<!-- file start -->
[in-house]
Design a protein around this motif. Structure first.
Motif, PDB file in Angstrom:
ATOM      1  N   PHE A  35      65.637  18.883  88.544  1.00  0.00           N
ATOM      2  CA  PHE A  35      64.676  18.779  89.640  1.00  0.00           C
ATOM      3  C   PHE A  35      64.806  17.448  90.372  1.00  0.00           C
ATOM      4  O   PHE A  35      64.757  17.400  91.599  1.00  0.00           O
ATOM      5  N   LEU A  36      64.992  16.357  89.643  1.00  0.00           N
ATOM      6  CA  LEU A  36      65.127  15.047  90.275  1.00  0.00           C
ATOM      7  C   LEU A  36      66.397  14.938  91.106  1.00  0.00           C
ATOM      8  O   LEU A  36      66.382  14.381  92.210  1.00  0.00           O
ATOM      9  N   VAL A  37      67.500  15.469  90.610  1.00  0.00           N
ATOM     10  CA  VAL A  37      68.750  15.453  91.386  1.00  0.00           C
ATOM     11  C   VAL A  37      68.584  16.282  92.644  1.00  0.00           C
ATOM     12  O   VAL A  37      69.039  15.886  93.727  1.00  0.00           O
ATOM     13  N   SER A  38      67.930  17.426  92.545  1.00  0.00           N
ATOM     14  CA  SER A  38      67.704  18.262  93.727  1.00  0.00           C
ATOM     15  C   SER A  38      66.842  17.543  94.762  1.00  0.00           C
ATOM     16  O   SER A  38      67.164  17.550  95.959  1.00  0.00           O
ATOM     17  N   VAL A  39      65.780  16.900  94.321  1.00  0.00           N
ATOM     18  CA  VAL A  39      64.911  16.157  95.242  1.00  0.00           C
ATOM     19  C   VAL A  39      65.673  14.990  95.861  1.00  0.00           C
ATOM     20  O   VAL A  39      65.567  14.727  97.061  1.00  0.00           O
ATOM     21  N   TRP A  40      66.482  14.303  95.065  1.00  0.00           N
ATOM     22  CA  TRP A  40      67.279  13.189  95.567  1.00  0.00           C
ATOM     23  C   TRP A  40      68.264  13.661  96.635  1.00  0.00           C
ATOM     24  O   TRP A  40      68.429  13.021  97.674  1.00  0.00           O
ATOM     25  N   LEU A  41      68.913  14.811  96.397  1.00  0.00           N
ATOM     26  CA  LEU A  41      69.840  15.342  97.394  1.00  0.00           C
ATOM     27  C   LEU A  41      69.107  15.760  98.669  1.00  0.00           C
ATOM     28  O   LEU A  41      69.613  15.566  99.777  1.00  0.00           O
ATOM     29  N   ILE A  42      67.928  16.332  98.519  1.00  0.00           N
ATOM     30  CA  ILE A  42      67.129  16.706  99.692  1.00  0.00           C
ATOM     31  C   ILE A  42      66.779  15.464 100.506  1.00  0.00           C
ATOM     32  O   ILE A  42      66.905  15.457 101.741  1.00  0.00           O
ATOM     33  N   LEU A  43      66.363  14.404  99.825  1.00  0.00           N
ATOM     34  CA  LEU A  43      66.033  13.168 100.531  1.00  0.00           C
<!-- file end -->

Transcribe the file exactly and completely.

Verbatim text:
[in-house]
Design a protein around this motif. Structure first.
Motif, PDB file in Angstrom:
ATOM      1  N   PHE A  35      65.637  18.883  88.544  1.00  0.00           N
ATOM      2  CA  PHE A  35      64.676  18.779  89.640  1.00  0.00           C
ATOM      3  C   PHE A  35      64.806  17.448  90.372  1.00  0.00           C
ATOM      4  O   PHE A  35      64.757  17.400  91.599  1.00  0.00           O
ATOM      5  N   LEU A  36      64.992  16.357  89.643  1.00  0.00           N
ATOM      6  CA  LEU A  36      65.127  15.047  90.275  1.00  0.00           C
ATOM      7  C   LEU A  36      66.397  14.938  91.106  1.00  0.00           C
ATOM      8  O   LEU A  36      66.382  14.381  92.210  1.00  0.00           O
ATOM      9  N   VAL A  37      67.500  15.469  90.610  1.00  0.00           N
ATOM     10  CA  VAL A  37      68.750  15.453  91.386  1.00  0.00           C
ATOM     11  C   VAL A  37      68.584  16.282  92.644  1.00  0.00           C
ATOM     12  O   VAL A  37      69.039  15.886  93.727  1.00  0.00           O
ATOM     13  N   SER A  38      67.930  17.426  92.545  1.00  0.00           N
ATOM     14  CA  SER A  38      67.704  18.262  93.727  1.00  0.00           C
ATOM     15  C   SER A  38      66.842  17.543  94.762  1.00  0.00           C
ATOM     16  O   SER A  38      67.164  17.550  95.959  1.00  0.00           O
ATOM     17  N   VAL A  39      65.780  16.900  94.321  1.00  0.00           N
ATOM     18  CA  VAL A  39      64.911  16.157  95.242  1.00  0.00           C
ATOM     19  C   VAL A  39      65.673  14.990  95.861  1.00  0.00           C
ATOM     20  O   VAL A  39      65.567  14.727  97.061  1.00  0.00           O
ATOM     21  N   TRP A  40      66.482  14.303  95.065  1.00  0.00           N
ATOM     22  CA  TRP A  40      67.279  13.189  95.567  1.00  0.00           C
ATOM     23  C   TRP A  40      68.264  13.661  96.635  1.00  0.00           C
ATOM     24  O   TRP A  40      68.429  13.021  97.674  1.00  0.00           O
ATOM     25  N   LEU A  41      68.913  14.811  96.397  1.00  0.00           N
ATOM     26  CA  LEU A  41      69.840  15.342  97.394  1.00  0.00           C
ATOM     27  C   LEU A  41      69.107  15.760  98.669  1.00  0.00           C
ATOM     28  O   LEU A  41      69.613  15.566  99.777  1.00  0.00           O
ATOM     29  N   ILE A  42      67.928  16.332  98.519  1.00  0.00           N
ATOM     30  CA  ILE A  42      67.129  16.706  99.692  1.00  0.00           C
ATOM     31  C   ILE A  42      66.779  15.464 100.506  1.00  0.00           C
ATOM     32  O   ILE A  42      66.905  15.457 101.741  1.00  0.00           O
ATOM     33  N   LEU A  43      66.363  14.404  99.825  1.00  0.00           N
ATOM     34  CA  LEU A  43      66.033  13.168 100.531  1.00  0.00           C